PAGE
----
The Trip to Greece Is the Final, Most Despairing Film Yet

Amid all the decadent food and Michael Caine impressions, the four-part series has always had a darker edge.


By Bilge Eberi  / Vulture

My grandfather, who died several years ago at the age of 98, was a Turkish archeologist who specialized in ancient Hellenic ruins. He spent almost half a lifetime digging up a long-forgotten Greek town on the Aegean coast of Turkey, a site that happened to be right next to a coal-mining facility. It both tickled and saddened him to see the old world juxtaposed with the new, timeless Greek columns and graves framed against huge piles of black, black coal. He wasn’t much of a romantic, but he did love the poetry and majesty of myth. When I was a child he’d glance out over the horizon, at the ships and sailboats passing in the blue distance, and tell me about how through these very Aegean waters had sailed the navies of Paris and Menelaus. He loved to enliven the everyday with evocations of the ancient world.
(He was obsessed with Troy, and spent years writing a book about it.) I, a snot-nosed kid for much of this time, paid only scant attention to his stories.
Only later did I realize what a gift he was giving me.

So, weirdly, I was reminded of my grandfather as I watched The Trip to Greece, the fourth and final installment of the film and TV series following Steve Coogan and Rob Brydon as they make their way around the hotels and tourist spots and fine-dining establishments of the world. This film (which actually begins in Turkey, in the area around Troy) opens and ends with words from The Odyssey, and at various points evokes the stories of Odysseus and Aeneas as Coogan and Brydon eat, joke, imitate, and niggle their way through Greece. The parallels are inexact and rough, and to director Michael Winterbottom’s credit, the film doesn’t try too hard to adhere to any kind of mythic structure. But what does remain at the end of this final and most despairing of the Trip entries is a sense that the past is never quite done with us, that today’s heartbreaks and passions and tragedies are merely variations on ancient patterns. Continue reading

The Trip To Greece Q&A

Ever since Seinfeld, story arcs in comedy centred on nothing in particular have grown to become something of a genre standard. No show took that quite as literally as The Trip, starring Steve Coogan and Rob Brydon, which first aired on BBC Two in 2010. The original conceit, and the comedy, were simple: two well-established comedians (and quasi-friends) have expensive meals at fancy Lake District restaurants while doing impressions of the likes of Michael Caine, Marlon Brando and Ronnie Corbett. On paper that doesn’t sound like comedy gold, but something in the chemistry of Brydon and Coogan’s easy banter and Michael Winterbottom’s skilful direction made for an immediate hit.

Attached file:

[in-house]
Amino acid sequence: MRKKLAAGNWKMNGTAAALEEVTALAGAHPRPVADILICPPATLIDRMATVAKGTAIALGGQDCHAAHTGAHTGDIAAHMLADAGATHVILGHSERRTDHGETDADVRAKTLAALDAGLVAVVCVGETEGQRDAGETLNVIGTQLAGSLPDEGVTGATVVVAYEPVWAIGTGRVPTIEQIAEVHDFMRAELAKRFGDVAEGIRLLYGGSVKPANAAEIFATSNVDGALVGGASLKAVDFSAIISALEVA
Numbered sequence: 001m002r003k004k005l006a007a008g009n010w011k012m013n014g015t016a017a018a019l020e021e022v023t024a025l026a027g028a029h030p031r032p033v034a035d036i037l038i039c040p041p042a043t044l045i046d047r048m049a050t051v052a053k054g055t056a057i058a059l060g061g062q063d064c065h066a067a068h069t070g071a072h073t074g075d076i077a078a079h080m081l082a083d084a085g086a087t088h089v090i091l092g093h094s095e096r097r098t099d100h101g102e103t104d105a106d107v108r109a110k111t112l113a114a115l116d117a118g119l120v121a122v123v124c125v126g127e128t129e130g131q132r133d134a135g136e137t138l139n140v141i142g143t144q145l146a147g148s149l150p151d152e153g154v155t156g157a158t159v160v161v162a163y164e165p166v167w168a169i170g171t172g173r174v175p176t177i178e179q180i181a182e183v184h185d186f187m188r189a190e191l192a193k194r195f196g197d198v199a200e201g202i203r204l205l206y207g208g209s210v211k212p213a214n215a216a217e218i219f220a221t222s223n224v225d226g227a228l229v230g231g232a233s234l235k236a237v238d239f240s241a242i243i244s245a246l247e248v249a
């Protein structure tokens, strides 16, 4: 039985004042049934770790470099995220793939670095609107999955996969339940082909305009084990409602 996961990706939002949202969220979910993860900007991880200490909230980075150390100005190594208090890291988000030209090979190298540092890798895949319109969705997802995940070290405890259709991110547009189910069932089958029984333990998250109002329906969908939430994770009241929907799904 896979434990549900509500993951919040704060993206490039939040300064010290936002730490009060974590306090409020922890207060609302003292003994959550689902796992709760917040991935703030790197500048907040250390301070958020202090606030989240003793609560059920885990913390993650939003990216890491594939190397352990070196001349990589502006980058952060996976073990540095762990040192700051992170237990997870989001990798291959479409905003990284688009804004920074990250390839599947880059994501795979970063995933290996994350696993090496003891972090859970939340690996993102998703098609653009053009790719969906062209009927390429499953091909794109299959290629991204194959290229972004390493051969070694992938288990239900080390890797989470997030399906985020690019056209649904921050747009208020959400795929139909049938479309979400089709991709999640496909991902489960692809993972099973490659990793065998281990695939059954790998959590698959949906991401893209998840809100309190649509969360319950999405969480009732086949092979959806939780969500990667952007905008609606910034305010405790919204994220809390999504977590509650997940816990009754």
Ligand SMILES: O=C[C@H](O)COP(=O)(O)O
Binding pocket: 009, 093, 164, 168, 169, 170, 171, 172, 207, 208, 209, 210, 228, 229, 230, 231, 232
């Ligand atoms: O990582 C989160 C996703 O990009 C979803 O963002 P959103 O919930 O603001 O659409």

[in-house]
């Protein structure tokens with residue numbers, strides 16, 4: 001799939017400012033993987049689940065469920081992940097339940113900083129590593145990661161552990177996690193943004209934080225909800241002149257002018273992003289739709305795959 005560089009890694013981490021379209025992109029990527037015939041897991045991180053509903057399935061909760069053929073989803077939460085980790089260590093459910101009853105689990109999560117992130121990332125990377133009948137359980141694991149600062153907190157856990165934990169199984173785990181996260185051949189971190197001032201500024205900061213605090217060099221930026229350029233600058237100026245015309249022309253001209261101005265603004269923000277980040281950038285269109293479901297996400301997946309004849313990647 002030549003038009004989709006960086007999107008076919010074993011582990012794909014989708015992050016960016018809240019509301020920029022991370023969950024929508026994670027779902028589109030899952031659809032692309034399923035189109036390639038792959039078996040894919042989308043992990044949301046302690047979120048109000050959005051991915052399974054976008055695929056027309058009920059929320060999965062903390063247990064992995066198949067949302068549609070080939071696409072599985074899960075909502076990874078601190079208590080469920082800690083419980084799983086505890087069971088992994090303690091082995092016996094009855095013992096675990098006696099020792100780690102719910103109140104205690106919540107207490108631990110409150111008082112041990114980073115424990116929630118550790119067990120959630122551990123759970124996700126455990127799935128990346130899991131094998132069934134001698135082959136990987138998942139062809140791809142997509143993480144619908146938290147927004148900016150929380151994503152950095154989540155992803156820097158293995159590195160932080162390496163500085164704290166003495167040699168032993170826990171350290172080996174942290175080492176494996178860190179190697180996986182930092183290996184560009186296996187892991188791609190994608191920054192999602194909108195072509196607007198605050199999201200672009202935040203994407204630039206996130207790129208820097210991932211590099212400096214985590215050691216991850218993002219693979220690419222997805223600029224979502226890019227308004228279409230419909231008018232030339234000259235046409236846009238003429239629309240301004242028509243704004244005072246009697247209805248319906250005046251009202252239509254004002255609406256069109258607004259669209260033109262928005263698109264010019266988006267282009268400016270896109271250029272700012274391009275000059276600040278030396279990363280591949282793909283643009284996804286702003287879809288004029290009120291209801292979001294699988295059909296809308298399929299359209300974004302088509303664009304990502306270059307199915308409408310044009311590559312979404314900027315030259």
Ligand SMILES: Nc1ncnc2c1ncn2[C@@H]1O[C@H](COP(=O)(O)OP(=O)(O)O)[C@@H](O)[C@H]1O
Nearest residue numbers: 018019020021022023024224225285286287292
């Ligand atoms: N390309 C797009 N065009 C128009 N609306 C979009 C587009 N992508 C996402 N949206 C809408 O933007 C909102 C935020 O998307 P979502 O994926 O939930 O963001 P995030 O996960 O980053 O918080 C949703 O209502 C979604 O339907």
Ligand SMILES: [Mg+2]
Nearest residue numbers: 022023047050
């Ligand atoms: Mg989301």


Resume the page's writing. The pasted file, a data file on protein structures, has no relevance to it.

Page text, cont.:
Sadly, that journey – or, this time, that Odyssey – looks to have reached its conclusion. Ten years, four series and three more countries Continue reading

Rob Brydon reveals when mockumentary The Trip will return with Greece-set series

Rob Brydon

Rob Brydon has revealed when fans can expect to see the new series of The Trip. It’s been over two years since Brydon and Steve Coogan were last seen on screen together – in 2017’s The Trip to Spain.

The Trip – co-created by Brydon, Coogan and director Michael Winterbottom – began on BBC Two in 2010. The series saw them embark on a restaurant tour of northern England.

Later outings saw them repeat the formula in Italy and Spain.

In the series, the actors play fictional versions of themselves.

This year, Coogan reprised the character of Alan Partridge for This Time, a BBC series that was acclaimed by critics and viewers alike.

Read the full interview with Brydon here.

The Trip To Greece will be broadcast on Sky One and NOW TV in Spring 2020. Gavin & Stacey returns for a one-off special on Christmas Day on BBC One.

Source: Rob Brydon reveals when mockumentary The Trip will return with Greece-set series | The Independent

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